IEEE NAECON 2017: "Formal Enforcement of Mission Assurance Properties in Cyber-Physical Systems"

Graf Research and Georgia Tech are publishing and presenting our research on "Formal Enforcement of Mission Assurance Properties in Cyber-Physical Systems" at IEEE NAECON 2017.  Come out and see our presentation!

Formal Enforcement of Mission Assurance Properties in Cyber-Physical Systems
Scott Harper, Jonathan Graf, Michael A. Capone, Justin Eng, Michael Farrell, Lee W. Lerner

Abstract— Cyber-Physical Systems improve efficiency, accuracy, and access in systems ranging from household appliances to power stations to airplanes. They also bring new risks at the intersection of physical, information, and mission assurance. This paper presents CP-SMARTS, a framework providing a means for propagating CPS assurances from planning to deployment.

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SEE/MAPLD 2017 Invited Lecture: "Optimizing Forward Design Trust for FPGAs"

Jonathan Graf will present an invited lecture on "Optimizing Forward Design Trust for FPGAs" at the 2017 Single Event Effects Symposium / Military and Aerospace Programmable Logic Devices Workshop in San Diego on May 25.  Come on out and see us!

Optimizing Forward Design Trust for FPGAs

Jonathan Graf

Abstract: Graf Research Corporation is developing a workflow to enable optimal forward design trust for Field Programmable Gate Arrays.  This flow is enabled by a blend of commercial EDA software, Graf Research specialized tools and techniques, and, as needed, custom trust analysis tools and techniques.  Custom tools include PV-Bit, which bridges the current gap between a trusted gate level netlist and the FPGA bitstream, bringing trust all the way into the bitstream.  To develop a trusted gate-level netlist, other trust analysis techniques must have preceded the use of PV-Bit.  The Graf Research contribution during synthesis, map, place, and route steps, is a tool called OpTrust, which uses a game theoretic decision engine to prescribe the optimal set of tests for the trust analysis of a design based on current threat data, the criticality of the design, and the availability of commercial verification or custom hardware Trojan detection methods.  Another element of trusted design is trusting the 3rd-Party IP cores present in the design.  The end goal of this assessment flow is to put the trust analysis of FPGA designs within the reach of the FPGA developer.  That is, we wish to ensure that the developer might perform the trust analysis themselves, pushing trust forward as each step in the design process is completed, concluding with a trusted bitstream.

Graf Research and USC-ISI Publish Research Results

Graf Research and the University of Southern California's Information Sciences Institute have published our work on “Irrefutable Tamper Logging through FPGA Key Management” at the 2017 DoD Anti-Tamper Conference.  Co-authors include Jonathan Graf and Ali Asgar Sohanghpurwala from Graf Research and Matthew French and Dr. Andrew Schmidt from USC-ISI.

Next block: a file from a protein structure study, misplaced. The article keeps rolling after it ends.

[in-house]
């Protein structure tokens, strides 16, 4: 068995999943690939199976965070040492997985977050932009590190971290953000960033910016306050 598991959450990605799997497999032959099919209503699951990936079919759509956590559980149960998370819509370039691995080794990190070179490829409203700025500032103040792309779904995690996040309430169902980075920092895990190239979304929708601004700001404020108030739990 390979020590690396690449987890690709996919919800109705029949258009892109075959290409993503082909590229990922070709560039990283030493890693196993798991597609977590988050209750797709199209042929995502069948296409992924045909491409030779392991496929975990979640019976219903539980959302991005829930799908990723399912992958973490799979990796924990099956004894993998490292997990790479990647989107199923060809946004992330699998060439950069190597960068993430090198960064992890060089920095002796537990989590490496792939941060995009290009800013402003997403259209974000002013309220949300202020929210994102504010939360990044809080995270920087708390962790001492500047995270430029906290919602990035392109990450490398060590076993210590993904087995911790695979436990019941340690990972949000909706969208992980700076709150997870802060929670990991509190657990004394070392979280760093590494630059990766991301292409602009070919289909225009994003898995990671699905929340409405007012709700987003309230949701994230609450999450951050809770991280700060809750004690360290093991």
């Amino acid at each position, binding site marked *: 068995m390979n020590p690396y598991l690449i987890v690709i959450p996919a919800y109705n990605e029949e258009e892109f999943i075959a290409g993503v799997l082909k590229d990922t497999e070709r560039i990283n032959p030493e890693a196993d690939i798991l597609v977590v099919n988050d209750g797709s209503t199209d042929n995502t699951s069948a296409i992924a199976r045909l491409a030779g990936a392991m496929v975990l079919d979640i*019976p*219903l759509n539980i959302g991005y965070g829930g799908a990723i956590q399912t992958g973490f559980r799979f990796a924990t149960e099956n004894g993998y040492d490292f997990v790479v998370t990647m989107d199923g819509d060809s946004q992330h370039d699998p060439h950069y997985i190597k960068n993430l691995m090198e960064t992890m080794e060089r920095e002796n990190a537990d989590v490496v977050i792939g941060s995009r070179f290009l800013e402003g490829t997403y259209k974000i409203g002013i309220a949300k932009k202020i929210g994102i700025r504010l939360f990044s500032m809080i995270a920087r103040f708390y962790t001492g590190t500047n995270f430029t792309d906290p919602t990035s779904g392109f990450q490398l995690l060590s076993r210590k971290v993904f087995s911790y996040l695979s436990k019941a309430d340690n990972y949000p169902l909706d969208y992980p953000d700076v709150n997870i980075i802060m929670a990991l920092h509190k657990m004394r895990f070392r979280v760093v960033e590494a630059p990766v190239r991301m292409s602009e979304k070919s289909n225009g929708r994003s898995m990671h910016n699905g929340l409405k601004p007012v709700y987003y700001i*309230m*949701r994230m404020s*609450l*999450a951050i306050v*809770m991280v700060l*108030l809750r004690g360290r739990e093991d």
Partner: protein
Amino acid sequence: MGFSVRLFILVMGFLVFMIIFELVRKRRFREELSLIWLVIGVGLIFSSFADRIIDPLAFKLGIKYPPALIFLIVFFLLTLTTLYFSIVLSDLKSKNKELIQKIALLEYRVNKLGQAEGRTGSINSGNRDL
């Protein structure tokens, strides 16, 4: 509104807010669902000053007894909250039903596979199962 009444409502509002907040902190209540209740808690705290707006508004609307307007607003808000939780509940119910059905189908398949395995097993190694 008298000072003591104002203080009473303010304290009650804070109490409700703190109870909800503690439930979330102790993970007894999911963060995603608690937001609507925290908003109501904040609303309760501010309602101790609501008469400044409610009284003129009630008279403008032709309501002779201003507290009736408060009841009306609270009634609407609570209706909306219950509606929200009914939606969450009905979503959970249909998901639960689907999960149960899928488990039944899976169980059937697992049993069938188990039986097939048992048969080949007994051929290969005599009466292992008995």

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Graf Research Awarded BAA: DPA Title III Trusted FPGAs

Graf Research has been awarded a Phase 0 BAA research project entitled DPA Title III Trusted FPGAs.  

Brief Program Summary: The Department of Defense (DoD) and Intelligence Community (IC) have identified Field Programmable Gate Arrays (FPGAs) as a critical enabling technology across a wide variety of present and future systems. Advanced, commercially available FPGAs do not meet DoD's requirements for Trusted Systems as they are manufactured in un-Trusted fabrication facilities, primarily off-shore, and are considered vulnerable to tampering and insertion of malicious software and/or hardware. This program seeks to improve the security posture and reduce the risk associated with FPGA technology by addressing security concerns in the design, development, fabrication and supply lifecycle of FPGA devices. The purpose of this study is to conduct an analysis and develop an approach to ensure the availability of advanced “Trusted” and space qualified re-programmable FPGAs technology to support DoD/IC applications including satellite and strategic missile systems. “Trust” is defined as assurance of the integrity and availability of a product wherein that product will reliably operate as intentionally designed and not contain any malicious hardware and/or software that will compromise the intended application; e.g., exfiltration of sensitive data, etc. Efforts envisioned during this Phase 0 study include: analysis of current FPGA manufacturing capabilities; analysis of future technical capabilities needed to meet the needs of the FPGA market (USG and commercial); creation of a draft technical plan and schedule to establish a Trusted source for space qualified FPGA devices, to include (non-binding) high-level cost projections, to establish quantitative “Trust” criteria for FPGAs; identification and analysis of the markets for FPGAs; and identification of business strategies to ensure long term success in the Trusted and space qualified FPGA market.

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GOMAC 2017: "Private Verification for FPGAs" and "OpTrust"